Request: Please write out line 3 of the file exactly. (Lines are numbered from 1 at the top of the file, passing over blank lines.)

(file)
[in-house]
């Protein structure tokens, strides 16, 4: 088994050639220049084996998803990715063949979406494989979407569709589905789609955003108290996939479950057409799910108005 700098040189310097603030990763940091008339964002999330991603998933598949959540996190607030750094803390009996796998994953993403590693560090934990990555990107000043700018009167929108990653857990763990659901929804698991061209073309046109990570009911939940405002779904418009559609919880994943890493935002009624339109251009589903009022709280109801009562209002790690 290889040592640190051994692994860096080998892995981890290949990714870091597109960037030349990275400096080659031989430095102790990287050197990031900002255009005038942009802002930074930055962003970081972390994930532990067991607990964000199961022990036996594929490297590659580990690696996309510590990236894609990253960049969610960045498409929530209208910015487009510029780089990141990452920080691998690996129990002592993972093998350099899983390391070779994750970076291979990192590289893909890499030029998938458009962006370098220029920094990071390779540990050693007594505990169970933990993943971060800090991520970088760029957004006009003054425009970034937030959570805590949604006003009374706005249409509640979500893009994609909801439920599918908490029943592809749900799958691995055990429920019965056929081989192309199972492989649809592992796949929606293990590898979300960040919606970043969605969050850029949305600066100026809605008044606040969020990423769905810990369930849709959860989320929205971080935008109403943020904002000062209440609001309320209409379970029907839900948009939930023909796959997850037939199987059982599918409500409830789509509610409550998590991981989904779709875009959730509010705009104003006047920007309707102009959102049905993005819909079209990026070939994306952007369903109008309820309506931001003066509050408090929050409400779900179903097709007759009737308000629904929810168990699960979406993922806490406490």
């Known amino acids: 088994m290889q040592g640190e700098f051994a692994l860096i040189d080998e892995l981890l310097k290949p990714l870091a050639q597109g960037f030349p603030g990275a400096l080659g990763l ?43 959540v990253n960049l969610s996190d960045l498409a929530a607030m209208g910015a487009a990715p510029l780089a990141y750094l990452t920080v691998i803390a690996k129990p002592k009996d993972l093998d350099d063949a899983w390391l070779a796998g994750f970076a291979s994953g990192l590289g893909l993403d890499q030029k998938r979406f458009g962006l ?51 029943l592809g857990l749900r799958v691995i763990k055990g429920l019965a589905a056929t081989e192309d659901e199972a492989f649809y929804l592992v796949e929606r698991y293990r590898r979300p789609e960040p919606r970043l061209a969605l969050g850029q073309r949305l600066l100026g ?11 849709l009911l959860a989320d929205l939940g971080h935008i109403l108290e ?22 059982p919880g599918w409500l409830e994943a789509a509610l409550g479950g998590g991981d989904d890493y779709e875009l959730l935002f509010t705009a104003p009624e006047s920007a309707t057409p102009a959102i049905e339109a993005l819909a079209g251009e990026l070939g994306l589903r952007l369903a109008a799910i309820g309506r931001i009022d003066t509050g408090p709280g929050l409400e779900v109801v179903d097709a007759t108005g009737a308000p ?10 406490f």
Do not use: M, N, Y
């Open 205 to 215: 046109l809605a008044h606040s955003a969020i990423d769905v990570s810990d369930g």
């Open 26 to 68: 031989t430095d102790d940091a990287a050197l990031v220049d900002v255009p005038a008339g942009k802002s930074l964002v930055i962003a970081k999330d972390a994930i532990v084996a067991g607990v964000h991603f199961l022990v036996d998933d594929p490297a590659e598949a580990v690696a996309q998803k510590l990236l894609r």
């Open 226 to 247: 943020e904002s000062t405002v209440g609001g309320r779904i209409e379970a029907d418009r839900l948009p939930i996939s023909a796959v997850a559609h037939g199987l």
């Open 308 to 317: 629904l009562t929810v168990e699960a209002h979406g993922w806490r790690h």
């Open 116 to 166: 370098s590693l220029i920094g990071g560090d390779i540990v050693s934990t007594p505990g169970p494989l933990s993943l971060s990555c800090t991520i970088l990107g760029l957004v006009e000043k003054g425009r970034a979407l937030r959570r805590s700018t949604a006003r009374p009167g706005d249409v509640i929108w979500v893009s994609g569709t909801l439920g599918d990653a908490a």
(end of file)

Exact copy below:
């Known amino acids: 088994m290889q040592g640190e700098f051994a692994l860096i040189d080998e892995l981890l310097k290949p990714l870091a050639q597109g960037f030349p603030g990275a400096l080659g990763l ?43 959540v990253n960049l969610s996190d960045l498409a929530a607030m209208g910015a487009a990715p510029l780089a990141y750094l990452t920080v691998i803390a690996k129990p002592k009996d993972l093998d350099d063949a899983w390391l070779a796998g994750f970076a291979s994953g990192l590289g893909l993403d890499q030029k998938r979406f458009g962006l ?51 029943l592809g857990l749900r799958v691995i763990k055990g429920l019965a589905a056929t081989e192309d659901e199972a492989f649809y929804l592992v796949e929606r698991y293990r590898r979300p789609e960040p919606r970043l061209a969605l969050g850029q073309r949305l600066l100026g ?11 849709l009911l959860a989320d929205l939940g971080h935008i109403l108290e ?22 059982p919880g599918w409500l409830e994943a789509a509610l409550g479950g998590g991981d989904d890493y779709e875009l959730l935002f509010t705009a104003p009624e006047s920007a309707t057409p102009a959102i049905e339109a993005l819909a079209g251009e990026l070939g994306l589903r952007l369903a109008a799910i309820g309506r931001i009022d003066t509050g408090p709280g929050l409400e779900v109801v179903d097709a007759t108005g009737a308000p ?10 406490f």